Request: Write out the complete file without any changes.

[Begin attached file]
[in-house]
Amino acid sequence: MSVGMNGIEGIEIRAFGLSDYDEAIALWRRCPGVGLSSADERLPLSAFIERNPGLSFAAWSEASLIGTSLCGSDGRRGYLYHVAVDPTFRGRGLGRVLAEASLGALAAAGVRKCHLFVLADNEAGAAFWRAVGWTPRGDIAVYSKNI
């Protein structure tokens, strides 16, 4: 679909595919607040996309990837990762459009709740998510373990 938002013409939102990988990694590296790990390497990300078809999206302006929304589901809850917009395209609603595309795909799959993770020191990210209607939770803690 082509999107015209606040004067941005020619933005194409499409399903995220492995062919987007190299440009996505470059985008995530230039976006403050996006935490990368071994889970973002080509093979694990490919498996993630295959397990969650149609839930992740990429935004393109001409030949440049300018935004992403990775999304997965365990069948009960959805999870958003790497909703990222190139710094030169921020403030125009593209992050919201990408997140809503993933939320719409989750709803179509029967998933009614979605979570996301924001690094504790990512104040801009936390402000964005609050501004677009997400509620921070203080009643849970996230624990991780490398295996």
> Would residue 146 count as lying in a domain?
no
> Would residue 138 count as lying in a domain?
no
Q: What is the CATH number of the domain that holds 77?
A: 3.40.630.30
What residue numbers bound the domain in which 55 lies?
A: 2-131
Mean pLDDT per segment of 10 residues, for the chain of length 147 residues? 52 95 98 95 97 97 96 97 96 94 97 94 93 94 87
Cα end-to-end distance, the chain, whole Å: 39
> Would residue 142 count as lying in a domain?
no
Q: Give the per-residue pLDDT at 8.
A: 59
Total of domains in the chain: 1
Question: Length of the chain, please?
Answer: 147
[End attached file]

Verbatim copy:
[in-house]
Amino acid sequence: MSVGMNGIEGIEIRAFGLSDYDEAIALWRRCPGVGLSSADERLPLSAFIERNPGLSFAAWSEASLIGTSLCGSDGRRGYLYHVAVDPTFRGRGLGRVLAEASLGALAAAGVRKCHLFVLADNEAGAAFWRAVGWTPRGDIAVYSKNI
């Protein structure tokens, strides 16, 4: 679909595919607040996309990837990762459009709740998510373990 938002013409939102990988990694590296790990390497990300078809999206302006929304589901809850917009395209609603595309795909799959993770020191990210209607939770803690 082509999107015209606040004067941005020619933005194409499409399903995220492995062919987007190299440009996505470059985008995530230039976006403050996006935490990368071994889970973002080509093979694990490919498996993630295959397990969650149609839930992740990429935004393109001409030949440049300018935004992403990775999304997965365990069948009960959805999870958003790497909703990222190139710094030169921020403030125009593209992050919201990408997140809503993933939320719409989750709803179509029967998933009614979605979570996301924001690094504790990512104040801009936390402000964005609050501004677009997400509620921070203080009643849970996230624990991780490398295996």
> Would residue 146 count as lying in a domain?
no
> Would residue 138 count as lying in a domain?
no
Q: What is the CATH number of the domain that holds 77?
A: 3.40.630.30
What residue numbers bound the domain in which 55 lies?
A: 2-131
Mean pLDDT per segment of 10 residues, for the chain of length 147 residues? 52 95 98 95 97 97 96 97 96 94 97 94 93 94 87
Cα end-to-end distance, the chain, whole Å: 39
> Would residue 142 count as lying in a domain?
no
Q: Give the per-residue pLDDT at 8.
A: 59
Total of domains in the chain: 1
Question: Length of the chain, please?
Answer: 147